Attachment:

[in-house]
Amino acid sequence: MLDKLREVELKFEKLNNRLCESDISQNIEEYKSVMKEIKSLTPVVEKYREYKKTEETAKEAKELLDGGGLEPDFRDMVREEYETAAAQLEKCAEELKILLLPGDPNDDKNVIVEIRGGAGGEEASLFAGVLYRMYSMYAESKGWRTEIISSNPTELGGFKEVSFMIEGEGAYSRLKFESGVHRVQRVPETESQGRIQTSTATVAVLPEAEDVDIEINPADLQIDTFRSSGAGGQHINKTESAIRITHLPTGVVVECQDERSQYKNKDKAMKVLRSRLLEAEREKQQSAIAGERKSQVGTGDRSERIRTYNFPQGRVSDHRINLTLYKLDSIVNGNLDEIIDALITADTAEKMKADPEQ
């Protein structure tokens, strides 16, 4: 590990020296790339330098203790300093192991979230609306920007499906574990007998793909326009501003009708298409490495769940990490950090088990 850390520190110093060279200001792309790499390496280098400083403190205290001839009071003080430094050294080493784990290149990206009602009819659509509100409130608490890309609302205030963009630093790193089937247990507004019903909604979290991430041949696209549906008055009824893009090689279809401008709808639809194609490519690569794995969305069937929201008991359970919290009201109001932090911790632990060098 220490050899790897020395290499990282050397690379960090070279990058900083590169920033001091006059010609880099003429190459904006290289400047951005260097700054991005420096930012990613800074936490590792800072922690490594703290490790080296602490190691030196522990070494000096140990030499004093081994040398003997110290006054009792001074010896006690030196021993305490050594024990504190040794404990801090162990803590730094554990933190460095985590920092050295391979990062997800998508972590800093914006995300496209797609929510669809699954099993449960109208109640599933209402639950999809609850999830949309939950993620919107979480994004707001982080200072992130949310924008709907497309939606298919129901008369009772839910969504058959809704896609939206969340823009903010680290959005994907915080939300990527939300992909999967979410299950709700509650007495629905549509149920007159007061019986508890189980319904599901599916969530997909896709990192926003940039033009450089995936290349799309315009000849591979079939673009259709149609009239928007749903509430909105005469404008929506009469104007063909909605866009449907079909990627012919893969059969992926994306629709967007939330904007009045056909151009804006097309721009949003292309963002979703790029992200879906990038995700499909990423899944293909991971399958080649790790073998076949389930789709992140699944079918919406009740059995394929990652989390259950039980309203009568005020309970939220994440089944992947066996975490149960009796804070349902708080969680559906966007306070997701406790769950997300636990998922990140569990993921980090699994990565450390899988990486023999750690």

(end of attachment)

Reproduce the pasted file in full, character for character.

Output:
[in-house]
Amino acid sequence: MLDKLREVELKFEKLNNRLCESDISQNIEEYKSVMKEIKSLTPVVEKYREYKKTEETAKEAKELLDGGGLEPDFRDMVREEYETAAAQLEKCAEELKILLLPGDPNDDKNVIVEIRGGAGGEEASLFAGVLYRMYSMYAESKGWRTEIISSNPTELGGFKEVSFMIEGEGAYSRLKFESGVHRVQRVPETESQGRIQTSTATVAVLPEAEDVDIEINPADLQIDTFRSSGAGGQHINKTESAIRITHLPTGVVVECQDERSQYKNKDKAMKVLRSRLLEAEREKQQSAIAGERKSQVGTGDRSERIRTYNFPQGRVSDHRINLTLYKLDSIVNGNLDEIIDALITADTAEKMKADPEQ
């Protein structure tokens, strides 16, 4: 590990020296790339330098203790300093192991979230609306920007499906574990007998793909326009501003009708298409490495769940990490950090088990 850390520190110093060279200001792309790499390496280098400083403190205290001839009071003080430094050294080493784990290149990206009602009819659509509100409130608490890309609302205030963009630093790193089937247990507004019903909604979290991430041949696209549906008055009824893009090689279809401008709808639809194609490519690569794995969305069937929201008991359970919290009201109001932090911790632990060098 220490050899790897020395290499990282050397690379960090070279990058900083590169920033001091006059010609880099003429190459904006290289400047951005260097700054991005420096930012990613800074936490590792800072922690490594703290490790080296602490190691030196522990070494000096140990030499004093081994040398003997110290006054009792001074010896006690030196021993305490050594024990504190040794404990801090162990803590730094554990933190460095985590920092050295391979990062997800998508972590800093914006995300496209797609929510669809699954099993449960109208109640599933209402639950999809609850999830949309939950993620919107979480994004707001982080200072992130949310924008709907497309939606298919129901008369009772839910969504058959809704896609939206969340823009903010680290959005994907915080939300990527939300992909999967979410299950709700509650007495629905549509149920007159007061019986508890189980319904599901599916969530997909896709990192926003940039033009450089995936290349799309315009000849591979079939673009259709149609009239928007749903509430909105005469404008929506009469104007063909909605866009449907079909990627012919893969059969992926994306629709967007939330904007009045056909151009804006097309721009949003292309963002979703790029992200879906990038995700499909990423899944293909991971399958080649790790073998076949389930789709992140699944079918919406009740059995394929990652989390259950039980309203009568005020309970939220994440089944992947066996975490149960009796804070349902708080969680559906966007306070997701406790769950997300636990998922990140569990993921980090699994990565450390899988990486023999750690």